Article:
Planting Churches Cross-Culturally is one of the most extensive books on church planning that this review has ever seen, and certainly the most extensive that he has ever read. His is not just a concise overview, but an exhaustive, extensive, and information filled volume. Most certainly the person who said, “Information is knowledge” had Hesselgrave’s work in mind, for the person who reads this book and retains only a percentage of the information contained within its pages has at his disposal a wealth of knowledge on how to plant a church biblically and practically.

An important strength of Hesselgrave’s work is his dire commitment to remain true to the biblical model for church planting, and for basically anything, for that matter. This is a breath of fresh air in a world where liberal theologians freely offer up opinions that are not substantiated by the Word of God. Since the church’s primary mission is to “proclaim the gospel of Christ and gather believers in to a local church where they can be built up in faith and made effective in service” (p. 17), it’s not only a good idea to follow the biblical model for church planting, it’s crucial. Sadly, many church planting ventures fail to take the biblical revelation into account when planning their task, which often leads to their demise. However, Hesselgrave is committed to leading his readers in a journey that uses the Bible as the primary source of revelation and information for the task of planting church, and he should be commended for this! Why shouldn’t a person interested in church planting look to the Bible for planning and strategy? After all, “it is possible…to extrapolate from the biblical record specific aspects of Paul’s overall strategy and specific methods that can be applied to contemporary situation”(p. 38). Hesselgrave gives further encouragement to go to God’s Word as he states, “In planning for church planting and growth, on the other hand, we have recourse to God’s Word” (p. 39).

Specificity is yet another strong point of Hesselgrave’s book as he discusses the many aspects of church planting and the Pauline cycle. He doesn’t speak in broad, generic, nonspecific terms, but fills each section of his book with practical, specific instructions concerning the topic at hand. For instance, he doesn’t just mention the need to pray, but reinforces that need by wonderfully stating that, “The new is replete with exhortations to prayer….Clearly, the selection of the missionary-evangelist candidates should be bathed in payer. The first deacons were commissioned only after prayer…[Prayer] is the continuing force behind the entire program” (pp. 99-100).  Hesselgrave drives home his points on prayer, and everything else, by reinforcing it in such a way that one cannot offer an argument to his view.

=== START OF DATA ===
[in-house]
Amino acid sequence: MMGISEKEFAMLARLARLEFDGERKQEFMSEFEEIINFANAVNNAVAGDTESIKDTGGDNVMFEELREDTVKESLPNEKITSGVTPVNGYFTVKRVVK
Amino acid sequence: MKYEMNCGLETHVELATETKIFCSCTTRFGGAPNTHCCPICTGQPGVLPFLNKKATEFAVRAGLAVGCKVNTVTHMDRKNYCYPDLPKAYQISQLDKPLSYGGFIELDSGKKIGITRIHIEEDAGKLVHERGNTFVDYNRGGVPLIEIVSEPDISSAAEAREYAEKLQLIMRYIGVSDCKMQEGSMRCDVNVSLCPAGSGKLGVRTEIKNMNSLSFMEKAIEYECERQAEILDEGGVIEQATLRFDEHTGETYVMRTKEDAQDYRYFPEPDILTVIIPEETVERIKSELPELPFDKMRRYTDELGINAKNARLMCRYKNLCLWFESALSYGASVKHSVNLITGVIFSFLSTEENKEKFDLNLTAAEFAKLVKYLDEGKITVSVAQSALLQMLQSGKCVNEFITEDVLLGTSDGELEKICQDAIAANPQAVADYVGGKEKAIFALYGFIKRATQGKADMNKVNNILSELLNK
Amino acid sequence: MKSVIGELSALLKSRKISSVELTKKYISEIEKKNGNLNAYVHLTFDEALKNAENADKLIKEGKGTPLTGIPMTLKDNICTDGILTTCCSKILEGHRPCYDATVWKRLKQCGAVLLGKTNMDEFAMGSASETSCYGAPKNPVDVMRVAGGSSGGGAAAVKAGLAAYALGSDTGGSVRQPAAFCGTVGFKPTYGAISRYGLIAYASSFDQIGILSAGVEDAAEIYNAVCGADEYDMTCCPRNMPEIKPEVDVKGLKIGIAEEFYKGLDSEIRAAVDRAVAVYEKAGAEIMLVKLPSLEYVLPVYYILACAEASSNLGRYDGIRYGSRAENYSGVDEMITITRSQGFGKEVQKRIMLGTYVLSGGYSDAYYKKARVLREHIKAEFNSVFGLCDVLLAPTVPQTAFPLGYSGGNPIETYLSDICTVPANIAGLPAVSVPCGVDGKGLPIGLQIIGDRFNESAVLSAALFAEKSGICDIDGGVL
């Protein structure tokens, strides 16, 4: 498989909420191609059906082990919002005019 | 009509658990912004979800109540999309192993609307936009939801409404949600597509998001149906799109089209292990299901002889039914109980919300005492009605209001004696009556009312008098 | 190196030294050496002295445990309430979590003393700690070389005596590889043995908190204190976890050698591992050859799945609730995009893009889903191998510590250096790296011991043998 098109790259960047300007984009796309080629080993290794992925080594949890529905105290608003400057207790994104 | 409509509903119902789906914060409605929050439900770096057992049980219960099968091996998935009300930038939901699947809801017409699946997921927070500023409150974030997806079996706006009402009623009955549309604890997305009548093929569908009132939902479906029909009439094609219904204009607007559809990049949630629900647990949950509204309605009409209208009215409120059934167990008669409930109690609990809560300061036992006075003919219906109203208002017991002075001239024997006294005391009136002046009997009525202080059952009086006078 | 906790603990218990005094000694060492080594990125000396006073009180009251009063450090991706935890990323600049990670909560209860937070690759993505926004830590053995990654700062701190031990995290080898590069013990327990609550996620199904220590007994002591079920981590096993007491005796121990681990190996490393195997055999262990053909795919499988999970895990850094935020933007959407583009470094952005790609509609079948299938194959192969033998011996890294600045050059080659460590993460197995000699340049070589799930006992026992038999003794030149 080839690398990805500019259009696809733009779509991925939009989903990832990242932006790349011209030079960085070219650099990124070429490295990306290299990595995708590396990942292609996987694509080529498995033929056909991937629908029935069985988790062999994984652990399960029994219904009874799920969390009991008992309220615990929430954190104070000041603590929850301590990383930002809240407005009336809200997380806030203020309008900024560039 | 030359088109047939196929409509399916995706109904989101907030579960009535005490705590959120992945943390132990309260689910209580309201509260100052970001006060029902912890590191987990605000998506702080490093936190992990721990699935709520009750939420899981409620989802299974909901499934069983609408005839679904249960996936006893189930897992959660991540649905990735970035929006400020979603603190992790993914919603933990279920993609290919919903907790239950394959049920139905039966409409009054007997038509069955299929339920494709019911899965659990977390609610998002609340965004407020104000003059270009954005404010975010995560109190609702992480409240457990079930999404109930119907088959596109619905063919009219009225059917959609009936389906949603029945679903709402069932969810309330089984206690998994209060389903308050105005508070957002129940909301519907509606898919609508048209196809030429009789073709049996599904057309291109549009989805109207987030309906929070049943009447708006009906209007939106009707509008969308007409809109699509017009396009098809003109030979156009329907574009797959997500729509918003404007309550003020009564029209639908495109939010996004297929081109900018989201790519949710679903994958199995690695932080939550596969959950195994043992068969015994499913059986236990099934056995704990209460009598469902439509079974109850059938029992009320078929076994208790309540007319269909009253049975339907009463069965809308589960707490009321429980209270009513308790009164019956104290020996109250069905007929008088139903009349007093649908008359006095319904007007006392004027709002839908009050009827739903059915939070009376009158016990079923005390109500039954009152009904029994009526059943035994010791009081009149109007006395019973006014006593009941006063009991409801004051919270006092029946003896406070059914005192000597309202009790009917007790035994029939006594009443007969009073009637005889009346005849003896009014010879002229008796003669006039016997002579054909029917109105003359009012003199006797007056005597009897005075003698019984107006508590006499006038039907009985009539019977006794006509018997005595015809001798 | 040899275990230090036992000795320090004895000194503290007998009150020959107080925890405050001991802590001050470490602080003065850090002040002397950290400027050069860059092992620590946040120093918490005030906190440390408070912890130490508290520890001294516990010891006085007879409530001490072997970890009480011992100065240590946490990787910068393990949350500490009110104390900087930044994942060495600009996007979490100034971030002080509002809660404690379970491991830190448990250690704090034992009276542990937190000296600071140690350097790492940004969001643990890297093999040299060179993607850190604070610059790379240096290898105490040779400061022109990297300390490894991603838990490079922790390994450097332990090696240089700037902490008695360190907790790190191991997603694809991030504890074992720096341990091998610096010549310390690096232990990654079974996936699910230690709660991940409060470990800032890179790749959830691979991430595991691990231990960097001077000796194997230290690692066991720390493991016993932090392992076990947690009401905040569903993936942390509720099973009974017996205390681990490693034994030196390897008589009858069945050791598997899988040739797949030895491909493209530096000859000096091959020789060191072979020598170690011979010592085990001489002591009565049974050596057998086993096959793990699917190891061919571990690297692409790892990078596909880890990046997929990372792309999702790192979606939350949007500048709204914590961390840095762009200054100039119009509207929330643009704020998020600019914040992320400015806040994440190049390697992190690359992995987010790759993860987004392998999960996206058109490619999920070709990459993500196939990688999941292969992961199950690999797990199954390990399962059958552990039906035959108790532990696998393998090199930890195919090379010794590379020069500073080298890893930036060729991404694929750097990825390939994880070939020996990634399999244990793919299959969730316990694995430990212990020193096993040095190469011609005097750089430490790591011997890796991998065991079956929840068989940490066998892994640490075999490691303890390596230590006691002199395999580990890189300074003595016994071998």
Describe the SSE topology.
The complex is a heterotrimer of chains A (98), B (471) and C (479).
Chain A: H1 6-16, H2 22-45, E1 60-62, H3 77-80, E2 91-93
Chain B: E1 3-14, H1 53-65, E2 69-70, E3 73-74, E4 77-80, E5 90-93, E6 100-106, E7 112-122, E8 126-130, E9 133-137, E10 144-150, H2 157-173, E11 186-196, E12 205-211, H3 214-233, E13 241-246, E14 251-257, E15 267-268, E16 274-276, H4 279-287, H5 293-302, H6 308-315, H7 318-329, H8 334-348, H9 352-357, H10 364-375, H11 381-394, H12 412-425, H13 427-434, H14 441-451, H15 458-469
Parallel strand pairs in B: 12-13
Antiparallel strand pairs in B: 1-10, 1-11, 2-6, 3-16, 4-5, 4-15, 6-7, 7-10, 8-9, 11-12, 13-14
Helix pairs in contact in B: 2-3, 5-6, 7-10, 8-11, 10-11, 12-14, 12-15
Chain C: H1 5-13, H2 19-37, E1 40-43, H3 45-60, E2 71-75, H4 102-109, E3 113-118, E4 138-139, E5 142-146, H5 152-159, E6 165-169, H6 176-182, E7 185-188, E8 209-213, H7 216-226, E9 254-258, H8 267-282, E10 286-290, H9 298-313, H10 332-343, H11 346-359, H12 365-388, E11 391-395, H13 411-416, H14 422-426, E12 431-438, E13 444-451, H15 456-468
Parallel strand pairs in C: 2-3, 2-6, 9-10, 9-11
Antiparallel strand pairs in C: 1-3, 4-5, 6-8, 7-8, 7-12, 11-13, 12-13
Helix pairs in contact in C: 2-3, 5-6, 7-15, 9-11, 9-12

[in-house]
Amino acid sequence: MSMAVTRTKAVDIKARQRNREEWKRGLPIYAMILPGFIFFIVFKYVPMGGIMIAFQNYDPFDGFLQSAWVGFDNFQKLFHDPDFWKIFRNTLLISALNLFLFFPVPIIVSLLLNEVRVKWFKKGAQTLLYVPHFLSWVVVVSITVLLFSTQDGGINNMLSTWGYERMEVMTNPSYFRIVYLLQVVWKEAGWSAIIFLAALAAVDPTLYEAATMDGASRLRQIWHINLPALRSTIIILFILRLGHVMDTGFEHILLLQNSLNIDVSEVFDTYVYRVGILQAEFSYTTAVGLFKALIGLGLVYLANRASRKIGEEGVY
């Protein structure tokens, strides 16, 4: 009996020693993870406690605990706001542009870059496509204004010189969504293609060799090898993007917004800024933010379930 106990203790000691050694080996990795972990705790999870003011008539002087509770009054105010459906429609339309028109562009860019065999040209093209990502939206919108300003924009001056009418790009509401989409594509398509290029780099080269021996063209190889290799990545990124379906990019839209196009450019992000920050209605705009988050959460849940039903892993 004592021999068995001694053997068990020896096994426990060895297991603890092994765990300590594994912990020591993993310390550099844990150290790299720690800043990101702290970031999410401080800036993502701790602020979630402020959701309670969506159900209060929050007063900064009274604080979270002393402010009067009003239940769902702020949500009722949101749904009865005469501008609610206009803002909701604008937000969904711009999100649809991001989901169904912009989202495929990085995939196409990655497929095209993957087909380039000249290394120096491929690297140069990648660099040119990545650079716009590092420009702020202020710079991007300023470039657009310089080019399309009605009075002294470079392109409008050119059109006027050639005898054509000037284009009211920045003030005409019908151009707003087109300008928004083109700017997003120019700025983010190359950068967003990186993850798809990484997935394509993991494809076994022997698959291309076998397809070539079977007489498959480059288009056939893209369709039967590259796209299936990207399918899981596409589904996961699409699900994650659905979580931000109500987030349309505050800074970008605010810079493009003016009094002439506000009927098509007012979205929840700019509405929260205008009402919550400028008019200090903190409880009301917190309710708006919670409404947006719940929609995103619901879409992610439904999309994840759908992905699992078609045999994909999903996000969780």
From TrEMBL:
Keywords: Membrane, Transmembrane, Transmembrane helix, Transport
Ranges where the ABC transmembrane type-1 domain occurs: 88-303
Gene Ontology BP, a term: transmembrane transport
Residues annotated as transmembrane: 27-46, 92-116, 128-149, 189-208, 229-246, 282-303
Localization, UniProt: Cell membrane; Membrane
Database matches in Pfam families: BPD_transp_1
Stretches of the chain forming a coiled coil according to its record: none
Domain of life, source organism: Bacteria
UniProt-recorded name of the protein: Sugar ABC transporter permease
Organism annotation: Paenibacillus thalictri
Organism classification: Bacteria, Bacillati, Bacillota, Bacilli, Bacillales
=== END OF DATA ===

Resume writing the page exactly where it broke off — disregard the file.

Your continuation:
Another strong point, one worthy of mention, is the ‘Relevant Research’ and ‘Practical Reflection’ additions to almost every section in his book. Not only does he bathe each section in relevant Scriptures and appropriate theories that support his theses, he also gives research, sometimes scientific, and practical applications that bring the issue at hand to life. It’s as if Hesselgrave wrote this book with a ‘break out all the stops’ attitude for his readers. For instance, in a section on communication methodologies, Hesselgrave, after making his case for the need for clear, concise, biblically based communication in evangelism and missions, gives research data which supports the idea that personal, one on one, close up communication is not always the ideal way to communicate a message. Likewise, sometimes, as science has proven, a message may be more widely received by the receiver if it is given from a distance, as in a public, or semi-public setting. He follows up this idea with practical reflection which stresses thet need for innovation in communication. “If our abilities to innovate are not exhausted in exploiting the potential of biblical models, we can go on to attempt new methods for communicating Christ” (p.156).

This reviewer could find very little by the way of criticism with this book. One small area of critique would be the amount of time and words that Hesselgrave puts into each segment or section. It seems at time that Hesselgrave could have said the same thing with fewer words, possibly half the words, and yet not lose any substance in his points. The verboseness of his narrative sometimes works against Hesselgrave, causing this reader to lose focus on the point at hand. A more concise narrative on many of his topics could have help the reader to comprehend the subject matter much faster, and quite frankly, could have saved a tree or two (with less pages).

This book is a must-have for anyone who purports to be a serious student of missions and church planting. This is a book that won’t sit on a bookshelf and collect dust. It’s a practical, useful, invaluable tool for anyone who desires to learn all they can about both the need to plant churches and the how-to of planting churches. This book is filled with resource after resource that combines to make a sound survey of biblical church planting. It is a scholarly approach to missions and plating churches, yet is excitingly readable by anyone with a desire to be all they can be in the area of church planting.  It’s about missions….it’s about evangelism….it’s about missional theology….it’s about the church…’s about so much more. I recommend that everyone who desires to grow their church read this book. This is one book that the reader will be glad he read.

Key search words: Planting Churches Cross-Culturally, EVAN 550, Liberty University, Evangelism, Church Planting


One response to “Book Review | Planting Churches Cross-Culturally: North America and Beyond | David Hesselgrave

  1. My cousin recommended this blog and she was totally right keep up the fantastic work!